Have you been struggling to deal with the heat? If so, you should know that many Chronic Kidney Disease and Diabetic patients similarly suffer with "Melting-Down" or "Feeling Drained" during warm/hot days. One viewer wrote, "I have a problem and that is when it gets hotter out I cannot do much of anything outside without feeling completely drained. What can I do?" Does this sound familiar to your personal circumstance?
Due to how they feel when it is warm outside, many Chronic Kidney Disease and Diabetic patients choose to remain inside, right in front of their AC or Fan. "I used to love it outside, but now all I do is stay inside when the sun comes out. Its depressing," a reader wrote. Especially in the Spring and Summer months, activities with families and friends often happen outside because of the amenable weather. Hence if you are inside, you are missing out on all of the FUN, and not living your highest quality life possible, right? Let's delve right in and identify solutions.
In both Chronic Kidney Disease and Diabetic patient populations, the leading cause of death is Heart Attack or Heart Failure. For this reason, heart medications such as beta blockers and diuretics are prescribed. Oddly enough, these meds can also make you more susceptible to heat and feeling excessively drained. Most patients do not know to ask their Physician about medication options they may have during warmer seasons. Now you do!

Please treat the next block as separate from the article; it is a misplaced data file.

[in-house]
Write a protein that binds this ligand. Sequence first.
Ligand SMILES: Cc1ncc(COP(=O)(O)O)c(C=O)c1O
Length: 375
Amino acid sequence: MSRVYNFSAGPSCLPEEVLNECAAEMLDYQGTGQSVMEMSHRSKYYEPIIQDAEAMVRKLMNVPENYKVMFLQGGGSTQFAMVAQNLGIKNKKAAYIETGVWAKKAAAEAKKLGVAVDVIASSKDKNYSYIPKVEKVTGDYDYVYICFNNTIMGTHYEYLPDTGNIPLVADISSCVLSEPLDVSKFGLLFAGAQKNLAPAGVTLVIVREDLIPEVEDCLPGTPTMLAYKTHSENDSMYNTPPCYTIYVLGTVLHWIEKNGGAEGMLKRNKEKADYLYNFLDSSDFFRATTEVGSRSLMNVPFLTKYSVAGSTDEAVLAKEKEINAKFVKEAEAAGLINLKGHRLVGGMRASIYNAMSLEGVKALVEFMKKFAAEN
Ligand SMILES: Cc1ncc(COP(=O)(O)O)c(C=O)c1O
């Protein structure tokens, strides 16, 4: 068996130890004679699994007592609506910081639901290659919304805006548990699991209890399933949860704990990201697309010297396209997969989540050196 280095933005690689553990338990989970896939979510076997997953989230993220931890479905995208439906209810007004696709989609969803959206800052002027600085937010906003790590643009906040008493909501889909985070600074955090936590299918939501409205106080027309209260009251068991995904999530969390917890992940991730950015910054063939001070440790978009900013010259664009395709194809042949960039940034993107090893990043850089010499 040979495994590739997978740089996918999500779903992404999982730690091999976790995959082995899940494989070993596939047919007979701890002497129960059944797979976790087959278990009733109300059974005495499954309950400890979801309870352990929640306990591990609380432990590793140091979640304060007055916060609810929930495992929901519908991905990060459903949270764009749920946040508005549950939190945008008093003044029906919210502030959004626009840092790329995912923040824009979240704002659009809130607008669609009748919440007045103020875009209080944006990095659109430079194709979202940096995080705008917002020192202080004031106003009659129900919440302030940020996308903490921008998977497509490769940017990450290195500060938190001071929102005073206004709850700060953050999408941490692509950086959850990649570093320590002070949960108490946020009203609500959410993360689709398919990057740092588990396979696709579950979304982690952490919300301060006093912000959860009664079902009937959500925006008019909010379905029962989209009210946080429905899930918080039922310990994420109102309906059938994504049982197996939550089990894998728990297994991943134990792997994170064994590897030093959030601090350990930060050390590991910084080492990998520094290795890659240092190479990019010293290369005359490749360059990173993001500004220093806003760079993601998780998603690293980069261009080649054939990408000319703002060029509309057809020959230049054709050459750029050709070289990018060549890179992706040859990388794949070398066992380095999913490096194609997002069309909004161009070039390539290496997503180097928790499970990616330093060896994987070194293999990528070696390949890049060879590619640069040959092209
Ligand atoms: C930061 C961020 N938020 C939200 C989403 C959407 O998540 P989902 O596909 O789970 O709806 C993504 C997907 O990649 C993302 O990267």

You may also look into getting a cooling vest. Typically these are worn by people who have to work in hot conditions, but patients have noted that they help to keep their core body temperature cooler which also prevents blood pressure from dropping on hot days. Moreover, there are bandanas with "Cool Gel" which are relatively inexpensive, and can assist in cooling the body on warm days when wrapped around a patient's head or neck.
Chronic Kidney Disease patients should make their fluid intake count on hot days to maintain their recommended fluid restrictions. Rather than drinking warm coffee or tea in the morning with breakfast, have iced coffee, tea or juice instead. On the other hand, Diabetics without fluid restrictions should stay hydrated to combat dangerous blood sugar fluctuations. Diabetes.co.uk notes that Diabetics should not, "be tempted to disregard Hypoglycemia [Low Blood Sugar] symptoms, such as sweating and tiredness, as a result of hot weather." In any case, you should call your Health Care Team if you're concerned about how the heat is personally affecting you.
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"Cool Tips for Hot Weather." Http://www.nwkidney.org/. Northwest Kidney Centers.
"Extreme Weather: Heat and Your Heart." Http://www.scai.org/. The Society for Cardiovascular Angiography and Interventions.
"Diabetes and Hot Weather - Staying Safe in the Heat." Diabetes and Hot Weather. Diabetes Digital Media Ltd.